Take Note

There are a few phrases that can mark you out as a jerk.

“Yeah man, Jersey Shore looks like such a fun time—I totally identify with “The Situation,” for example. Or “The only way this Ed Hardy shirt could look cooler is if the tiger was covered in rhinestones,” maybe. Perhaps less obvious, but for me, as damning, is the following: “Yeah, I don’t share notes.”

We’re all students struggling to balance life, extra-curriculars, and jobs while still doing well at school. We’re each other’s peers, and we’re supposed to be in this together. But more and more frequently I’m noticing students turning down their classmates’ requests for notes from that lecture they missed last Friday. What’s the big deal, guys?

But, the diligent note-hoarder counters, they’re the ones who attended the class. They showed up while you were sick/frantically writing a paper for another class/hung over as all hell. They put in the time and you didn’t.

This is true.

But let’s think about it. The act of note-taking involves little to no work; you effectively sit in a room and write down the words of someone more intelligent than you. You don’t own the knowledge. Nobody is going to the professor and asking for make-up notes.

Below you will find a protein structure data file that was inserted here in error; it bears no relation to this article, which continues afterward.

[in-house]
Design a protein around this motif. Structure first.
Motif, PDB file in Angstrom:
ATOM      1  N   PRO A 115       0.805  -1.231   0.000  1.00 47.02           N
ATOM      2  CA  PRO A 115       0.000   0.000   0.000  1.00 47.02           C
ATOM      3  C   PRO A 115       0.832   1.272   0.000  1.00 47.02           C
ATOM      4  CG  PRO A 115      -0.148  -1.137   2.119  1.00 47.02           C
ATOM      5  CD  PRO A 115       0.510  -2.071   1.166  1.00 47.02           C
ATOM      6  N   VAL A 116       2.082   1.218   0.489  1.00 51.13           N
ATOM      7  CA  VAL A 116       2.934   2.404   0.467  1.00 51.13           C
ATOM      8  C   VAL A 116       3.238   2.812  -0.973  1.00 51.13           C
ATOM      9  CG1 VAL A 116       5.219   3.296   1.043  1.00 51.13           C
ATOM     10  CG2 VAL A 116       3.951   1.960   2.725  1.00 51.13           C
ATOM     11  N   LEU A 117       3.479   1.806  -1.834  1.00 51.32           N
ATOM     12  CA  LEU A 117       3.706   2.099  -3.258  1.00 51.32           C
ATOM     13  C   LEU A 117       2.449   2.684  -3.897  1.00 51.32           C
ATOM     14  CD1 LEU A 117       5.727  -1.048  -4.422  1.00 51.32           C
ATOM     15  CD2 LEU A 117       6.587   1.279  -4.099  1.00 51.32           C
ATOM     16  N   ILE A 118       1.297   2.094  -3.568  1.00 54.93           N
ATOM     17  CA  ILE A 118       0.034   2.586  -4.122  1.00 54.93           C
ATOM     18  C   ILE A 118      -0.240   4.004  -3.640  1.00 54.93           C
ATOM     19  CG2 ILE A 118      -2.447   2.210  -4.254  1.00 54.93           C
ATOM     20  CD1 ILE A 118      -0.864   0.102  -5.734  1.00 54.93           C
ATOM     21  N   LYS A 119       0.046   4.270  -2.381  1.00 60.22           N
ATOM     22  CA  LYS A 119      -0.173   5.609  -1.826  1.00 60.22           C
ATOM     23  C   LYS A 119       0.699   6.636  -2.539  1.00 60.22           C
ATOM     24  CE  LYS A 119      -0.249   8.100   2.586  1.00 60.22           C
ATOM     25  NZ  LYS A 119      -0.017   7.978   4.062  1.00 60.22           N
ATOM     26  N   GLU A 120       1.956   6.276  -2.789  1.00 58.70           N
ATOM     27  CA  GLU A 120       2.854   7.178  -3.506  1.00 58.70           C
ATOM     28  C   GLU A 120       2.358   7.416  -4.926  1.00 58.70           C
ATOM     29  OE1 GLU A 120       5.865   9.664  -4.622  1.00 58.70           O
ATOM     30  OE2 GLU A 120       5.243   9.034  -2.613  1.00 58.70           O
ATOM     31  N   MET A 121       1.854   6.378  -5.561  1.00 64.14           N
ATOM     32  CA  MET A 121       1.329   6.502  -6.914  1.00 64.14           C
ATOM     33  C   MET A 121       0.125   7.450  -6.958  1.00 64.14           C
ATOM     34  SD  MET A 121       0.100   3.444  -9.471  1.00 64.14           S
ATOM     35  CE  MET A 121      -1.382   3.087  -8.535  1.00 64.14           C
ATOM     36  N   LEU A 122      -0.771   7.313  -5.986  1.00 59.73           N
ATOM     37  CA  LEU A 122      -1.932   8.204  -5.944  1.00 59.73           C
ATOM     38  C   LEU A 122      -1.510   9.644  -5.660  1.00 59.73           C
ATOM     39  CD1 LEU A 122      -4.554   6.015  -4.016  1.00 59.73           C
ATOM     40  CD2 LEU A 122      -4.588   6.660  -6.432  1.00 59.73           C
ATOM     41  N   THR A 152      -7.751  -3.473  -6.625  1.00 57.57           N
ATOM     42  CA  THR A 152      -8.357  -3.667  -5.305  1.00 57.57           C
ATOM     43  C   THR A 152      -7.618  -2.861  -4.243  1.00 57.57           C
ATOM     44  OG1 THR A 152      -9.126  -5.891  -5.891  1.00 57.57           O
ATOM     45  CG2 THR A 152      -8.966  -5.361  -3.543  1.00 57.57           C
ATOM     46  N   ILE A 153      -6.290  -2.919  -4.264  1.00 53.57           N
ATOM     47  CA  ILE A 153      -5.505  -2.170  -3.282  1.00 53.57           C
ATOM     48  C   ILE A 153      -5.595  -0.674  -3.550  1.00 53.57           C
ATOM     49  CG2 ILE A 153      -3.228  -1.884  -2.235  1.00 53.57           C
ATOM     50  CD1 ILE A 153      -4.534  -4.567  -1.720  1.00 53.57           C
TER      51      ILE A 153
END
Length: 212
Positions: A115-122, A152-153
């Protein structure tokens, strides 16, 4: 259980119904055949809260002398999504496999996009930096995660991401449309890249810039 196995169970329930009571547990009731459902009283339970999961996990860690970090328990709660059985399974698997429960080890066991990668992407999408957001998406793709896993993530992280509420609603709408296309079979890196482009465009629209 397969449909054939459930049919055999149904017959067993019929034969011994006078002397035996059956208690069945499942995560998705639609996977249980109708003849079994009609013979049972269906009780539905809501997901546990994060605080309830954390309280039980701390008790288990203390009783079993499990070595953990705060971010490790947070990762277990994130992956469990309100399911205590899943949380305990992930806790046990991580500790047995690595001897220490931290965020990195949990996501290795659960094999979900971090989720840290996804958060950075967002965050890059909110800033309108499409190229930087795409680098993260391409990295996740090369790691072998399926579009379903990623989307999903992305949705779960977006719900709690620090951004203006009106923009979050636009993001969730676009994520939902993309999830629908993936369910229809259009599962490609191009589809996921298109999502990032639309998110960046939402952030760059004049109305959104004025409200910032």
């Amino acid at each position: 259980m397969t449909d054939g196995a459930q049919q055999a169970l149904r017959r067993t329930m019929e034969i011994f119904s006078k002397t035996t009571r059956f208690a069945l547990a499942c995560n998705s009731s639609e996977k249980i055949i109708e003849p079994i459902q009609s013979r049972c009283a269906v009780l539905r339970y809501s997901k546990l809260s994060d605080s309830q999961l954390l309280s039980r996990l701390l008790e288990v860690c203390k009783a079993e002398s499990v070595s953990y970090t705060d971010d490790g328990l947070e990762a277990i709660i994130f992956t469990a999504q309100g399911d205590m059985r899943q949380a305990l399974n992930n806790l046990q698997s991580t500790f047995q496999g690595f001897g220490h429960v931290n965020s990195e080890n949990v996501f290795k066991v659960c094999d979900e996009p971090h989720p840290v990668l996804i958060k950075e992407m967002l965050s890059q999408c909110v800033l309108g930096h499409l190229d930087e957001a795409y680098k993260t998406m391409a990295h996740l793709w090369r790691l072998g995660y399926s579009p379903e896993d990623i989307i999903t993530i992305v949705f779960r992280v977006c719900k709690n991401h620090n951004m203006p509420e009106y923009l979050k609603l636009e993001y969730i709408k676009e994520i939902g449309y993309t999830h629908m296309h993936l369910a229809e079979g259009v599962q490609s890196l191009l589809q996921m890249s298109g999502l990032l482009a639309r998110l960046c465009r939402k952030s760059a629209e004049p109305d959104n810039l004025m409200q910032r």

Realistically, someone who was absent from class isn’t going to benefit from second-hand notes to any great degree.

Robbed of its context, “-Freudian analysis of King Arthur character” doesn’t mean much, and will provide only the most basic assistance in the absentee’s quest to understand whatever they’ve missed.

Similarly, any participation component included in the grading scheme of the course has already cost the skipper some marks, so they’re likely heading into the final exam with a diminished average.

But what’s wrong with helping a classmate succeed academically? Are we so Machiavellian that we want to see our colleagues fail? Surely there will be some point in the note withholder’s academic career where they will indeed also miss class—an environmental disaster, perhaps? Being held at gun point?—and they will find the tables turned. Do they expect a similarly harsh refusal?

I owe a great deal of my success in a recent history course to a kind benefactor who sent me a last minute package of his study notes. He asked for nothing in return and didn’t gain anything from sending them to me. And although he finished the course with a mark two per cent higher than my own, I did pretty well in my own right, and couldn’t have done it without him.

If a friend needs to borrow my notes, they’re more than welcome to them. Treating others the way you want to be treated is a lesson no one should need to attend class to learn.

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